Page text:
Michael Pollan had me — almost.
I’m a fan of the journalist who has become the food movement’s top chronicler. I pass on copies of “The Omnivore’s Dilemma” and “An Eater’s Manifesto” like it’s my job. I social network the living daylights out of Pollan’s articles. I go locavore and vegetarian, I’m in my second year of community gardening, I live in a city where urban agriculture thrives, and I thrill to how the food movement is not only where my environmental, social justice, and political beliefs intersect — but it’s where I get a great meal too.
So while reading Pollan’s latest piece in The New York Review of Books, I was nodding along as he articulated how the local food culture manifests the good kind of movement fragmentation — threading together diverse interests to create a powerful force. I was nodding, at least, until I got to the part where he discusses Janet A. Flammang’s new book, “The Taste of Civilization: Food, Politics, and Civil Society.” Pollan writes:
In a challenge to second-wave feminists who urged women to get out of the kitchen, Flammang suggests that by denigrating “foodwork” — everything involved in putting meals on the family table — we have unthinkingly wrecked one of the nurseries of democracy: the family meal.
Pollan chooses not to challenge the assertion that second-wave feminists are responsible for “wrecking one of the nurseries of democracy” because they urged women to explore possibilities outside of cooking the family meal. Nor does Pollan question the notion that feminists are to blame for “urging” women to leave the kitchen, when one might imagine that those who left the aprons behind were thinking beings who made their own choice to leave, regardless of the persuasions of feminists and family alike.
Pollan goes on to offer Flammang cred for being a “scholar of the women’s movement” before half-quoting her as saying that “‘American women are having second thoughts’ about having left the kitchen.” Pollan emphasizes his agreement with this strange notion by adding a footnote that cites “the stirrings of the new ‘radical homemakers’ movement” as evidence that “lends some support to this assertion.”
My take, as a feminist and local foodie? Blaming feminism for luring women out of the kitchen, stealing the ritual of the family meal, and thereby diminishing “one of the nurseries of democracy” is both simplistic and ridiculous. It’s true that shared meals are powerful spaces for building relationships and “the habits of civility.” But if we’re going to talk about who’s to blame for our current culture of processed food, why not blame untold generations of men for not getting into the kitchen, especially given Pollan’s characterization of the family meal as having a meaningful role in cultivating democracy? If it’s so important, why is their absence excusable?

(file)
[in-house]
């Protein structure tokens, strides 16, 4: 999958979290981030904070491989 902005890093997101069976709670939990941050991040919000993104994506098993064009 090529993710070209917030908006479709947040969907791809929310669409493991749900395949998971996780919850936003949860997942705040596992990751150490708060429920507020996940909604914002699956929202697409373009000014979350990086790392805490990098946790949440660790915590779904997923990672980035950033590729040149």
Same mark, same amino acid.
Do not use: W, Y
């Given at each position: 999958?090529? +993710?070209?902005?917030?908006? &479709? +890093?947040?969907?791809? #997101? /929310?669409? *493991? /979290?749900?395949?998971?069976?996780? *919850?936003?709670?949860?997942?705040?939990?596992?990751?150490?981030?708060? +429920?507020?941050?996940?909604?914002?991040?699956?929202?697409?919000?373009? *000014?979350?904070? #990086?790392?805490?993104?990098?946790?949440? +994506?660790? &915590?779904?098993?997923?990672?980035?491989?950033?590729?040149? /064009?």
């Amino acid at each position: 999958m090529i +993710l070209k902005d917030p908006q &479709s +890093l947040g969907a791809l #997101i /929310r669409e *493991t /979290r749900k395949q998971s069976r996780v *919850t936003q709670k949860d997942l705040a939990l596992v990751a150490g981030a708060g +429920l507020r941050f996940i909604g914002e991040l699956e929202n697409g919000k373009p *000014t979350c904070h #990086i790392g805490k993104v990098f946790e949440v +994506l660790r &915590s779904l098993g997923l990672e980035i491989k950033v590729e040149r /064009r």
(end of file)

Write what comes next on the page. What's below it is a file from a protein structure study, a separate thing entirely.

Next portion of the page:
And yet, there’s no such finger-pointing for men — though Pollan does gently suggest that the answer to our distorted food culture is not “simply” for women to return to the kitchen, but for men and children to join them there too. I agree that, for those who discover joy and purpose in growing and cooking food, this is a great idea. I’m almost with Pollan (and, it seems, Flammang) on this. But they each illustrate their point crudely by blaming women who wanted to do something with their lives besides basting turkeys — especially when they balance it with no blame at all for men who never took up their share of the work in creating a family meal ritual where “the habits of civility” are learned.
I might not have bristled so much at Pollan’s article if I thought this might’ve been a one-off misjudgment, but unfortunately it has precedent. On Broadsheet last summer, Kate Harding challenged Pollan’s article for The New York Times Magazine, where he, among other things, contends that the “revelation and creation” of pastry-making is “a bit of wisdom that some American feminists thoughtlessly trampled in their rush to get women out of the kitchen.” I fear his new piece reveals that this nonsensical feminist-baiting is a pattern for the leading thinker of the vibrant food movement — which raises a whole new “civility” question.